The United Health Foundation and Children’s Minnesota are taking aim at disparities in the Twin Cities around asthma, vaccinations and mental health through a three-year, $3 million grant partnership.
Details: The partnership will support programming by Children’s Minnesota, a nonprofit and the largest pediatric provider in the state, to provide culturally responsive health interventions with existing community partners, as well as local public school districts, and bring them to children and families in neighborhoods in need.
- The programming will be developed with Children’s Minnesota’s Collective for Community Health — which is focused on improving community health and advancing health equity — through collaboration between The Kid ExpertsTM from Children’s Minnesota and community partners.
Context: Since 2018, Children’s Minnesota has been tracking health equity metrics in a unique pediatric health equity dashboard to identify and respond to disparities in processes and patient outcomes.
- Data from the dashboard show that Black children who live in underserved neighborhoods in the Twin Cities experience significant health disparities and are less likely to achieve well-controlled asthma and complete routine childhood vaccines, and have significantly lower rates of adolescent mental health screenings.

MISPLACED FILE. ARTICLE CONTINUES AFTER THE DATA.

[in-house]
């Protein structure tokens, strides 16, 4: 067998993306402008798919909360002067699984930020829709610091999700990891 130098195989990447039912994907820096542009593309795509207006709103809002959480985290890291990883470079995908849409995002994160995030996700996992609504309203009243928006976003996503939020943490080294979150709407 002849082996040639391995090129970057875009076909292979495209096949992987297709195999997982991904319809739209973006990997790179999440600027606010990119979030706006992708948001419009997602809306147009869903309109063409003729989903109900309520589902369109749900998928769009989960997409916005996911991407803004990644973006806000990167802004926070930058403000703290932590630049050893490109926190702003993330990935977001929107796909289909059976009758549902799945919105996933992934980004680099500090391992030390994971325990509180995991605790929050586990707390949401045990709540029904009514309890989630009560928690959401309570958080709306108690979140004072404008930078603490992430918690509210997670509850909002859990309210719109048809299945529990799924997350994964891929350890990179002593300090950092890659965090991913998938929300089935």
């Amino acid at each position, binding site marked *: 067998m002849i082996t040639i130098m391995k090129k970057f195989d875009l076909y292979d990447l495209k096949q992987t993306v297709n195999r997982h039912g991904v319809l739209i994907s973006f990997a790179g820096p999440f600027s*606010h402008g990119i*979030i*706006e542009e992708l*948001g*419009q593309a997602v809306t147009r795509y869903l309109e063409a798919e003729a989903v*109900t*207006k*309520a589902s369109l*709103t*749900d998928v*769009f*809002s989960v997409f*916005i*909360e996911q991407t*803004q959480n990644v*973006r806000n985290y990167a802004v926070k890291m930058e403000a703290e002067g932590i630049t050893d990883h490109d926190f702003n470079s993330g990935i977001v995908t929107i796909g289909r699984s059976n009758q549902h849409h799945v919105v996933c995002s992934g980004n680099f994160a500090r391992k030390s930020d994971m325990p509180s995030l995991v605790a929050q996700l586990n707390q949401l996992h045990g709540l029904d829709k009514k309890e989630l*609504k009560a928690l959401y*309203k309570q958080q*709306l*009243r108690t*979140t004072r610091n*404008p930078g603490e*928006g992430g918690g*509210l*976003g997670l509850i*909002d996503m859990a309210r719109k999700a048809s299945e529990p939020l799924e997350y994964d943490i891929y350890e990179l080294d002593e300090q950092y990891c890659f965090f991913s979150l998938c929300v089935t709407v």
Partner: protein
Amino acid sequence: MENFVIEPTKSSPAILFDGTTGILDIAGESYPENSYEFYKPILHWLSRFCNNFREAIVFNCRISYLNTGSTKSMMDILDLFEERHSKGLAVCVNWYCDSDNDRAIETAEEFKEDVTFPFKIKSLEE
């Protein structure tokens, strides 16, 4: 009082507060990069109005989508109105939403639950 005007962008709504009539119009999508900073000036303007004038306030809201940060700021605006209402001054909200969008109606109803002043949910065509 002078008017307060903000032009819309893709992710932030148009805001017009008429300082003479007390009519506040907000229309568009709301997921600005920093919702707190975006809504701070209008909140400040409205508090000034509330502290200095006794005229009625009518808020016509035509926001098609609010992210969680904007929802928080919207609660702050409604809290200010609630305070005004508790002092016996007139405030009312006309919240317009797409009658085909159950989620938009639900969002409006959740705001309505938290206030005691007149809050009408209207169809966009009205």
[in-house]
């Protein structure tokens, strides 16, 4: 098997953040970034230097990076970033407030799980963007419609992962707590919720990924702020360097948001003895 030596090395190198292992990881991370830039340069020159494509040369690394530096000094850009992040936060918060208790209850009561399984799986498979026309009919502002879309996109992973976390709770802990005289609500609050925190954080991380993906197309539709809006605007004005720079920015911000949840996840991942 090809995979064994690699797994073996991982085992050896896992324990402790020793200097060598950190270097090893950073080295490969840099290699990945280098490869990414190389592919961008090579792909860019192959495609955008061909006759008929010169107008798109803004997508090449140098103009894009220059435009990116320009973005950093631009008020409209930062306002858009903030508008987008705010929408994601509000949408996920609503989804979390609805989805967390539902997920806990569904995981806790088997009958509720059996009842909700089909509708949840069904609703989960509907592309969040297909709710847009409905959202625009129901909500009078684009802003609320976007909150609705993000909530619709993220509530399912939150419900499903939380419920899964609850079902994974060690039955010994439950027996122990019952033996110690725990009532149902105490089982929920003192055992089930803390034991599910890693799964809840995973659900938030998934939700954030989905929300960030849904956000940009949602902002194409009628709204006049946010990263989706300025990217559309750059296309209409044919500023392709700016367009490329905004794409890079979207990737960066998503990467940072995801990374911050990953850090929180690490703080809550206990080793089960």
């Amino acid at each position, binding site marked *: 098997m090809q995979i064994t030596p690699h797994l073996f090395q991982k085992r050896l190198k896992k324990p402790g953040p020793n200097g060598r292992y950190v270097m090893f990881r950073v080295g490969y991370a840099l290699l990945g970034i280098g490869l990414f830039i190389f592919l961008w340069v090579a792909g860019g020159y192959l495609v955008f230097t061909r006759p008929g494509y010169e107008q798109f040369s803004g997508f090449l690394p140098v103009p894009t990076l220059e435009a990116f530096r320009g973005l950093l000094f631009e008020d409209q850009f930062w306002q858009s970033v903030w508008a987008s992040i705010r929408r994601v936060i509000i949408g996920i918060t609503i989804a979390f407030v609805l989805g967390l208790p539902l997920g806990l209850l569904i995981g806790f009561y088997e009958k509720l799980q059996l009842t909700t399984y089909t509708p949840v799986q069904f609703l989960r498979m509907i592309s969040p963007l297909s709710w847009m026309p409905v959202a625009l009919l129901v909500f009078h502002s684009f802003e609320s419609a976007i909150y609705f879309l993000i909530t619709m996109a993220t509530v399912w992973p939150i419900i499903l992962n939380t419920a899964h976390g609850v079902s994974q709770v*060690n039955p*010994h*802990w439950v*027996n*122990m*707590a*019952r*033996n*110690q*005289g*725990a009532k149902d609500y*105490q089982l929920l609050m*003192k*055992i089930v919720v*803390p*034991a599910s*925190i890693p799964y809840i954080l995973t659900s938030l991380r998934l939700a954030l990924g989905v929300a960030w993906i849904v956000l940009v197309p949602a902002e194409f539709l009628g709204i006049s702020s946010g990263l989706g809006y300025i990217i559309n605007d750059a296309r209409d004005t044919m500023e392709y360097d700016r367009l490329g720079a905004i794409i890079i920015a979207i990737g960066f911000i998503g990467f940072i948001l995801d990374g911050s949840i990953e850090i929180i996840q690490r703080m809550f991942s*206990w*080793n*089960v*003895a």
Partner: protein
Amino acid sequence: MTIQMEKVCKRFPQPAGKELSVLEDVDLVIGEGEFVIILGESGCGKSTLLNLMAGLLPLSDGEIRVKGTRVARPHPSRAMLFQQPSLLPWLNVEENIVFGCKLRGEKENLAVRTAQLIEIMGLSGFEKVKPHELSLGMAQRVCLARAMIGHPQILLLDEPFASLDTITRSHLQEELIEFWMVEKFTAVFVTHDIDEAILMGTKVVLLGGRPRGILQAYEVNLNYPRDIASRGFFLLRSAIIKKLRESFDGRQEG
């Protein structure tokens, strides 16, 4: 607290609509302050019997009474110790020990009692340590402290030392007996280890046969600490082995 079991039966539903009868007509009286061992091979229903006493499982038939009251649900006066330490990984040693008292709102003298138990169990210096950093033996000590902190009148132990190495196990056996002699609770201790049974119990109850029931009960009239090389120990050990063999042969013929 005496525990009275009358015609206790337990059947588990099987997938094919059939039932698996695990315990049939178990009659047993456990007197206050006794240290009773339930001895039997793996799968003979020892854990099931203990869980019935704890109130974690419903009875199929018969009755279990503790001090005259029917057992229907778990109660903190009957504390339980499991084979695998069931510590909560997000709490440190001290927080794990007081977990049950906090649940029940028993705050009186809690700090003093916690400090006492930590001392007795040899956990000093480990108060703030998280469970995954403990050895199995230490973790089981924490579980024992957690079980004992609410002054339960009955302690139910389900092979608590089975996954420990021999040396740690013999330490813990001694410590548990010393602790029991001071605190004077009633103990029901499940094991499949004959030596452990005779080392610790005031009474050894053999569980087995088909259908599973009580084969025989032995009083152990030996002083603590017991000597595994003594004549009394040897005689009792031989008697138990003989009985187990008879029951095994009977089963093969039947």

“Together with Children’s Minnesota and other community partners, the United Health Foundation is committed to reducing health disparities, increasing access to care and improving outcomes for underserved children and their families.”
Victor Fields CEO, UnitedHealthcare Community Plan of Minnesota
“We are grateful for the United Health Foundation’s investment and partnership in our commitment as the kid experts to address the health disparities impacting thousands of kids and families in our community,” said Jennifer Soderholm, senior vice president, chief development officer and president of the Children’s Minnesota Foundation. “Partnerships like this one are critical to our efforts to improve access to vital health care services and champion the needs of all children and families.”